Before 2011, self-immolation was the third or fourth most common method of suicide. Most of these cases were related to mental illness, marital conflicts (especially women) and financial problems, and took place in the victim’s home. After the revolution, the same studies reported a threefold increase in self-immolation. Specifically, self-immolation in public spaces and outside … Continue reading “In Tunisia, Self-immolation Soars as Economy Tanks”
It is clear that the current balance of power does not allow for any one party to triumph. At the same time, this situation cannot lead to a realistic formula for peace because of the nature of the conflicting forces. The post Understanding the Balance of Power in Yemen appeared first on Fanack.com.
Approval for the construction of the Gaza fence is thus a response both to a perceived security threat and to complaints from the leaders of the settlements in the areas immediately adjacent to the strip, who say the Israeli army is failing to protect them. In addition, the fence aims to further separate the Gaza … Continue reading “Israel’s New Separation Barrier: Isolating Gaza from the West Bank for Good?”
The Ismailis are scattered across some 25 countries, mainly in Central and South Asia, Africa, the Middle East, Europe, North America and Australia, and number approximately 20 million. Although they rarely make the headlines, several attacks against them have shed light on their existence. The post The Ismaili Muslims: A History of Persecution and Pluralism … Continue reading “The Ismaili Muslims: A History of Persecution and Pluralism”
Gaid Salah abandoned Bouteflika after he found out that the latter’s political career was over and that remaining loyal to him would lead to his own departure. Since then, Gaid Salah has been considered the regime’s most powerful figure and, as the army’s chief of staff, responsible for setting the course of his country’s future. … Continue reading “Ahmed Gaid Salah: What Next for Algeria’s Most Powerful Man?”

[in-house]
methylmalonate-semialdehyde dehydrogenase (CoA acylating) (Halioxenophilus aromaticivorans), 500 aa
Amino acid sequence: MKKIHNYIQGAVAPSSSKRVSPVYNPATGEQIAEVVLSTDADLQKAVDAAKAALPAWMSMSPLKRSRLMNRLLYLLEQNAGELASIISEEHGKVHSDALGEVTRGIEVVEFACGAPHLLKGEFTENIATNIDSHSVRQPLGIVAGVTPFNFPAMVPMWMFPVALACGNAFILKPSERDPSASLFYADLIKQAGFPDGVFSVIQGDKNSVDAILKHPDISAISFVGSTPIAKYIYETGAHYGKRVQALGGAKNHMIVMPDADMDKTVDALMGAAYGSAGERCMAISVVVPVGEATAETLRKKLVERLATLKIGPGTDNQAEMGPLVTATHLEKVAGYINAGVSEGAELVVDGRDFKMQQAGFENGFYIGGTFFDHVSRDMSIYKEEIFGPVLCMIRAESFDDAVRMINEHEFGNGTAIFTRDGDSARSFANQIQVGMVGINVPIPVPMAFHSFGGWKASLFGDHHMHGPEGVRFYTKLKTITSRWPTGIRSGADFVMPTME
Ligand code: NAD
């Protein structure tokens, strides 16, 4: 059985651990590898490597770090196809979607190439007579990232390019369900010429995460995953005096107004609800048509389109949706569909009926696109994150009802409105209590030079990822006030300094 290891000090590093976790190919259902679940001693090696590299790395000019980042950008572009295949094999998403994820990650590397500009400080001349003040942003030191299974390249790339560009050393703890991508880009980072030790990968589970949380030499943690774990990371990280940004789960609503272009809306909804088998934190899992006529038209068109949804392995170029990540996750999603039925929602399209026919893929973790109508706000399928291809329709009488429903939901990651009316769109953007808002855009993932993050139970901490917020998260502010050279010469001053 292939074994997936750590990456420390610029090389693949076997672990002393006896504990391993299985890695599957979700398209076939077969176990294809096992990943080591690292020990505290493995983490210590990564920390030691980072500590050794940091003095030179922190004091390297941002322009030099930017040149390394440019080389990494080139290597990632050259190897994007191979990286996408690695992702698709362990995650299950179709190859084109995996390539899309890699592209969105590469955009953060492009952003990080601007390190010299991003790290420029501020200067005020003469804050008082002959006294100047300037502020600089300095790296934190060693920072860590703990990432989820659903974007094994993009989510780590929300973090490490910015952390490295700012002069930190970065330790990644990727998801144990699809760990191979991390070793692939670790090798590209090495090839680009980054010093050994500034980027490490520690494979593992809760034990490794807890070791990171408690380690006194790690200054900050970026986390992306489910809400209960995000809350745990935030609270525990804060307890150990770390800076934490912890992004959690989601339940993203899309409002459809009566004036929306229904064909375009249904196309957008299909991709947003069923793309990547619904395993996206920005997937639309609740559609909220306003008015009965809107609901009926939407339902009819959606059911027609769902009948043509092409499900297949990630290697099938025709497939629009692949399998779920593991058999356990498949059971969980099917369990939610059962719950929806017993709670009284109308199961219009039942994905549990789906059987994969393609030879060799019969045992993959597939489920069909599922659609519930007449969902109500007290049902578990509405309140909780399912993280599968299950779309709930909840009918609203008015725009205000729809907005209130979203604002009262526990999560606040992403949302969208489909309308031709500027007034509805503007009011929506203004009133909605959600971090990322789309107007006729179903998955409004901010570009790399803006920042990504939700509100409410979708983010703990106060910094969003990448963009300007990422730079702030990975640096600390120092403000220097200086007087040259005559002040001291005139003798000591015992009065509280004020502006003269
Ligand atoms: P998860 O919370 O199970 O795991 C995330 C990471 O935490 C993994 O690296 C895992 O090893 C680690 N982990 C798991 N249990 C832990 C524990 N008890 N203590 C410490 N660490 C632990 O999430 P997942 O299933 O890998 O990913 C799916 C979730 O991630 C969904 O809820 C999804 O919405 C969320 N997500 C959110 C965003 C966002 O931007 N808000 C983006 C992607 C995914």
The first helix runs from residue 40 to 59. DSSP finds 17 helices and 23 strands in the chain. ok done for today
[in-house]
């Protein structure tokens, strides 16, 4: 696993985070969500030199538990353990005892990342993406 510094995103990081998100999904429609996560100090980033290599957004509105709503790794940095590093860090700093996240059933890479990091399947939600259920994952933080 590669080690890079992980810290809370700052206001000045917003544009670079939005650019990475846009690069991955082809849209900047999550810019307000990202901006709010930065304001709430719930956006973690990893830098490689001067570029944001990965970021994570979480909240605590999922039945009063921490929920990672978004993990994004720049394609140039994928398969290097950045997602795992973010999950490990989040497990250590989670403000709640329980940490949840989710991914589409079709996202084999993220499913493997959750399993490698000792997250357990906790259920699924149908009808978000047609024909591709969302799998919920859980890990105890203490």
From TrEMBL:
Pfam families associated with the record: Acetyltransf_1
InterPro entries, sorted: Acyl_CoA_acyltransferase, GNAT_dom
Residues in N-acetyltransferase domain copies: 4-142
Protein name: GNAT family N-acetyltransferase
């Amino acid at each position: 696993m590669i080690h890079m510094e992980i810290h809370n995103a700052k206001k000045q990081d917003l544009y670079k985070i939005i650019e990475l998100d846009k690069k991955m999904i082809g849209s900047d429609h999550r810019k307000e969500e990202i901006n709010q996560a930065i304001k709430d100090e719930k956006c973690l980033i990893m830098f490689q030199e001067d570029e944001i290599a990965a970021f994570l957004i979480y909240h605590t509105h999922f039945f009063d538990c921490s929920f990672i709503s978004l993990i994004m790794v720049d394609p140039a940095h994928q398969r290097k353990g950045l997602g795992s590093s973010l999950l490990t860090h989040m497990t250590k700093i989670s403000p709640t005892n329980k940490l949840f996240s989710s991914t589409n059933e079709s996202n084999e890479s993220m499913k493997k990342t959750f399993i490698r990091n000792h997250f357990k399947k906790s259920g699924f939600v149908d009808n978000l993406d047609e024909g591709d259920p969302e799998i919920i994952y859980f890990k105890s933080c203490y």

This ‘modernity’ is largely cosmetic, however: a year before Kashoggi’s death, MBS authorized a secret campaign, which includes surveillance, kidnapping, detention and torture, to silence any form of dissent. This not only applies to dissenters in the kingdom but also to critics living abroad, with some of those under surveillance being forcibly repatriated from other … Continue reading “In Saudi Arabia, No Let-up in Brutal Policies Against Dissenters”
Although the scenario of a development dictatorship appears less plausible, the occurrence of one of the other two scenarios is much more likely. Both are associated with high risks and costs, for Germany and the European Union (EU). The central prerequisite for the “Mubarak 2.0” scenario would be permanent, substantial financial assistance, which would primarily … Continue reading “Three Scenarios for the Development of the Sisi Regime in Egypt”
Given that the north and north-east of Syria are considered to be the country’s bread basket and that the burning fields in Iraq are situated in fertile Mesopotamia, this may be just the beginning of a much larger disaster. The post Crop Fires in Iraq and Syria May Be Start of Larger Disaster appeared first … Continue reading “Crop Fires in Iraq and Syria May Be Start of Larger Disaster”
If the rerun is clouded in the same controversy as the first vote, it will likely be the final nail in the coffin of Turkish democracy. Conversely, if Imamoglu wins again, and the vote is uncontested, it will herald a new balance of power and perhaps a new era of Turkish politics. The post Istanbul’s … Continue reading “Istanbul’s Mayoral Rerun: Will Everything Be Great?”
In practice, there is no transfer of power, just a reassignment of positions among the Barzanis. With Nechirvan as president and Masrour as prime minister, the Barzani family remains firmly in charge of the KDP and the regional government. The post Family Business: Nechirvan Barzani Takes Over Presidency of Iraqi Kurdistan from Uncle appeared first … Continue reading “Family Business: Nechirvan Barzani Takes Over Presidency of Iraqi Kurdistan from Uncle”
Qatar appears to be adopting a somewhat more progressive stance on gender issues than several of its neighbors, including in the way it is promoting women’s football. The post Ahead of 2022 World Cup, Qatar Takes More Progressive Stand on Women’s Football appeared first on Fanack.com.
For its part, the Blue and White party has stated that it does not see any need to join forces with any other party. On the right, the final picture is unclear. Some former party leaders are returning, or trying to return, to the Likud party in an attempt to secure entry to the next … Continue reading “In Israel, Failure to Form Coalition Government Leaves Politics in Flux”